August 27, 2012
A fisherman on the Mekong River in Laos. Photo by: Rhett A. Butler.
"The Mekong countries are striving for economic growth, and they see hydropower as a driver of that growth. But they must first fully understand and take into account the true economic and social value of a free-flowing Mekong," says co-author Stuart Orr, freshwater manager with the World Wide Fund for Nature (WWF), in a press release.
Economically, the 11 planned dams could cost the Mekong countries—Thailand, Vietnam, Laos, and Cambodia—nearly half a billion US dollars annually in lost fish catch. Replacing the lost fish protein with protein from livestock—such as cattle, pigs and poultry—would also require an additional 4,863 square kilometers (3,021 square miles) of land, according to the study. Water requirements would also need to boosted to irrigate crops for the livestock. For example, the 11 dams would require Cambodia to consume 29-64 percent more water for its agriculture, and Laos would need 12-24 percent more.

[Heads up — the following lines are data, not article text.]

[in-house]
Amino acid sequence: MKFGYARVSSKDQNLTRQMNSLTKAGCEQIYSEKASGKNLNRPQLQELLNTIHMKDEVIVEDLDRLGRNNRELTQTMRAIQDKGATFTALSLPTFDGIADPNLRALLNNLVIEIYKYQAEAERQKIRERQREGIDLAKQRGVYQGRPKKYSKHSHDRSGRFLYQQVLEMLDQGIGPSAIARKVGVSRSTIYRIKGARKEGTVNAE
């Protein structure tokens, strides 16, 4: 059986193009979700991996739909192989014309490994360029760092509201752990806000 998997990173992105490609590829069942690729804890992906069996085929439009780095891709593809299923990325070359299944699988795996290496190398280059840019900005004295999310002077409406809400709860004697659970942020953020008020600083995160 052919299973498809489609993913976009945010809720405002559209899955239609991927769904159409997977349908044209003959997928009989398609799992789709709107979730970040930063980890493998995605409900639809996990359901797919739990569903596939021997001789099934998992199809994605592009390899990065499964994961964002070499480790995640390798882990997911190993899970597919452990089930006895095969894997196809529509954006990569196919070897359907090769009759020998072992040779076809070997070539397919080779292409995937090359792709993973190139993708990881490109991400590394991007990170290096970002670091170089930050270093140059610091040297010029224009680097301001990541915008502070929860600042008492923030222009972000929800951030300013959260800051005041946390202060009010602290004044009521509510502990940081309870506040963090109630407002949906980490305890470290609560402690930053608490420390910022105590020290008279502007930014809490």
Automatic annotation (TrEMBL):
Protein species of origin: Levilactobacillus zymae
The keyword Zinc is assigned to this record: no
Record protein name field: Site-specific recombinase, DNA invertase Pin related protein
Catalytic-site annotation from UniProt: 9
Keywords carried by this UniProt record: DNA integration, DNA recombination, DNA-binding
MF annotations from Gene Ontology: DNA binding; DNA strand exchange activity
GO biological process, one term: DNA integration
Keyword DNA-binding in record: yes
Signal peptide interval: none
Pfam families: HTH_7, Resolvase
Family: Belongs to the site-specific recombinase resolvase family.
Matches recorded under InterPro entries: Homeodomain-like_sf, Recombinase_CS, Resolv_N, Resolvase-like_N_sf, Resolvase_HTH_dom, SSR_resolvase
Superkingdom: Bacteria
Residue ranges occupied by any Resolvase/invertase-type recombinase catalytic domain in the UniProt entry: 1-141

Controversy has already erupted over the massive $3.5 billion Xayaburi dam currently under construction in Laos, which would send 95 percent of its produced power to Thailand. Recently the Lao government's Foreign Minister announced the government was suspending the project for further study, however since then it was reported that construction continues since Laos never sent a formal letter of suspension. If completed the Xayaburi dam will be the first on the Mekong's main stream.
Hydro energy plans for the Mekong don't stop with the Xayaburi or the other planned ten dams. An additional 77 dams are planned for the river by 2030. The full impacts of all 88 projects, according to the study, would cut fish by nearly 40 percent. It could increase land needed for livestock to 24,188 square kilometers (15,029 miles), or an area the size of Vermont, to make up the protein lost by the dwindling fish supply. The full hydroelectric plans would force Cambodia to increase water supply by 42-150 percent and Laos by 18-56 percent in order to feed new livestock.
The researchers write that their "results suggest that basic food security is potentially at a high risk of disruption."
The Mekong river is home to around 850 species of freshwater fish, many of which are only found in the region.
CITATION: Orr, S., et al. Dams on the Mekong River: Lost fish protein and the implications for land and water resources. Global Environmental Change. 2012.
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